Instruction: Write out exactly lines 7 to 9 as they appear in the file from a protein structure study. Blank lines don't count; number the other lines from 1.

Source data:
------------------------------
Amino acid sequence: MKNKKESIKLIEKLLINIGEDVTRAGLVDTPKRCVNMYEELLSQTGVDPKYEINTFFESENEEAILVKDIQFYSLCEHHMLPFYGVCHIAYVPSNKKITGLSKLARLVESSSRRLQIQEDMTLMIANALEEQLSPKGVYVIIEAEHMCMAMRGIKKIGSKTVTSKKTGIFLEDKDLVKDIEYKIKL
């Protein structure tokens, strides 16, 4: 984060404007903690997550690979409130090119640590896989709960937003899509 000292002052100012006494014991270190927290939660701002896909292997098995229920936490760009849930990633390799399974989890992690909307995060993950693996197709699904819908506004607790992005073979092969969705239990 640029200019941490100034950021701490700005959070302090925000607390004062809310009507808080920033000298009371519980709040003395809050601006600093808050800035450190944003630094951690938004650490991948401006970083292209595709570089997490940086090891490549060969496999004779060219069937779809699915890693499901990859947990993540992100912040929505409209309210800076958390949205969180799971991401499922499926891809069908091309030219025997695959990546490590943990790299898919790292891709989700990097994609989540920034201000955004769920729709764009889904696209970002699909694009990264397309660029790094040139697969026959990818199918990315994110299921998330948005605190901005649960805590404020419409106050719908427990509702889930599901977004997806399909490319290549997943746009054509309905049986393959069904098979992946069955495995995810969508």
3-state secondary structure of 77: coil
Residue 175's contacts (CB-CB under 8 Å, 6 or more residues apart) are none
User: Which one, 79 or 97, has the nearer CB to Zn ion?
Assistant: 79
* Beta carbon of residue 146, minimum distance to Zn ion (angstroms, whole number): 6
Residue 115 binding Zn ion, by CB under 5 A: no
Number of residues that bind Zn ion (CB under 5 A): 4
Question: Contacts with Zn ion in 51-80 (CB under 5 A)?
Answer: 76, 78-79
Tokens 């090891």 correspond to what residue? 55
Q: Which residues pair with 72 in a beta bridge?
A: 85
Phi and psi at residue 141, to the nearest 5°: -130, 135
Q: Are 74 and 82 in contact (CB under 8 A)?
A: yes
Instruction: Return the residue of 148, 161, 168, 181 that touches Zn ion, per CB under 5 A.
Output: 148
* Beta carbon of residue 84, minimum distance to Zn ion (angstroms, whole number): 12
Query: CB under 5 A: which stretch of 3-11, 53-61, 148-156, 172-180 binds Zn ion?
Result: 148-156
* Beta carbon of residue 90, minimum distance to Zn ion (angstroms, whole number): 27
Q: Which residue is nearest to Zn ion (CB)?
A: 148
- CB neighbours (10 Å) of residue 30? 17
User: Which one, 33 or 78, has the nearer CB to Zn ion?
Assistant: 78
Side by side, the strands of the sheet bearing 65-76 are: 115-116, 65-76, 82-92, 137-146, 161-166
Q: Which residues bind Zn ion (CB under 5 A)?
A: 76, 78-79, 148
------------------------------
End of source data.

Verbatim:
* Beta carbon of residue 146, minimum distance to Zn ion (angstroms, whole number): 6
Residue 115 binding Zn ion, by CB under 5 A: no
Number of residues that bind Zn ion (CB under 5 A): 4